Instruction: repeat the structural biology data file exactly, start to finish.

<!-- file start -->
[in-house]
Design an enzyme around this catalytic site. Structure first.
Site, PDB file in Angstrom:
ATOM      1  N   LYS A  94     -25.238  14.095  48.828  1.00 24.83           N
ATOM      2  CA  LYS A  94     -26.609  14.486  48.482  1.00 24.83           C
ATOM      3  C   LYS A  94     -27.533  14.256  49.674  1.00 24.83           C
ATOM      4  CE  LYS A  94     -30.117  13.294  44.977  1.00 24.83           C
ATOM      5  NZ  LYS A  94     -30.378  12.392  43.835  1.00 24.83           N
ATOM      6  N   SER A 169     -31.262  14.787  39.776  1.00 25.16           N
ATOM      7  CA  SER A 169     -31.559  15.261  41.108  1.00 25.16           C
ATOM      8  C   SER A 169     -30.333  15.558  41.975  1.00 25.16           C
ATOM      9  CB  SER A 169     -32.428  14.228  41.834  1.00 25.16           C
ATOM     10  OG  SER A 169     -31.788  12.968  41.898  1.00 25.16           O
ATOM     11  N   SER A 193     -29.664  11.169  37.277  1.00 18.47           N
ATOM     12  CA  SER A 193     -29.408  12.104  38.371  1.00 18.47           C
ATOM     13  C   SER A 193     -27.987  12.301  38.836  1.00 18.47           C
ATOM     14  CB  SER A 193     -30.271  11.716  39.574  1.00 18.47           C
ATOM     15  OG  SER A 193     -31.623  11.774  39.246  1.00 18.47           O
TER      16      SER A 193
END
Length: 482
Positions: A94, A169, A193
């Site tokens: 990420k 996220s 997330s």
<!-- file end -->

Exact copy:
[in-house]
Design an enzyme around this catalytic site. Structure first.
Site, PDB file in Angstrom:
ATOM      1  N   LYS A  94     -25.238  14.095  48.828  1.00 24.83           N
ATOM      2  CA  LYS A  94     -26.609  14.486  48.482  1.00 24.83           C
ATOM      3  C   LYS A  94     -27.533  14.256  49.674  1.00 24.83           C
ATOM      4  CE  LYS A  94     -30.117  13.294  44.977  1.00 24.83           C
ATOM      5  NZ  LYS A  94     -30.378  12.392  43.835  1.00 24.83           N
ATOM      6  N   SER A 169     -31.262  14.787  39.776  1.00 25.16           N
ATOM      7  CA  SER A 169     -31.559  15.261  41.108  1.00 25.16           C
ATOM      8  C   SER A 169     -30.333  15.558  41.975  1.00 25.16           C
ATOM      9  CB  SER A 169     -32.428  14.228  41.834  1.00 25.16           C
ATOM     10  OG  SER A 169     -31.788  12.968  41.898  1.00 25.16           O
ATOM     11  N   SER A 193     -29.664  11.169  37.277  1.00 18.47           N
ATOM     12  CA  SER A 193     -29.408  12.104  38.371  1.00 18.47           C
ATOM     13  C   SER A 193     -27.987  12.301  38.836  1.00 18.47           C
ATOM     14  CB  SER A 193     -30.271  11.716  39.574  1.00 18.47           C
ATOM     15  OG  SER A 193     -31.623  11.774  39.246  1.00 18.47           O
TER      16      SER A 193
END
Length: 482
Positions: A94, A169, A193
């Site tokens: 990420k 996220s 997330s």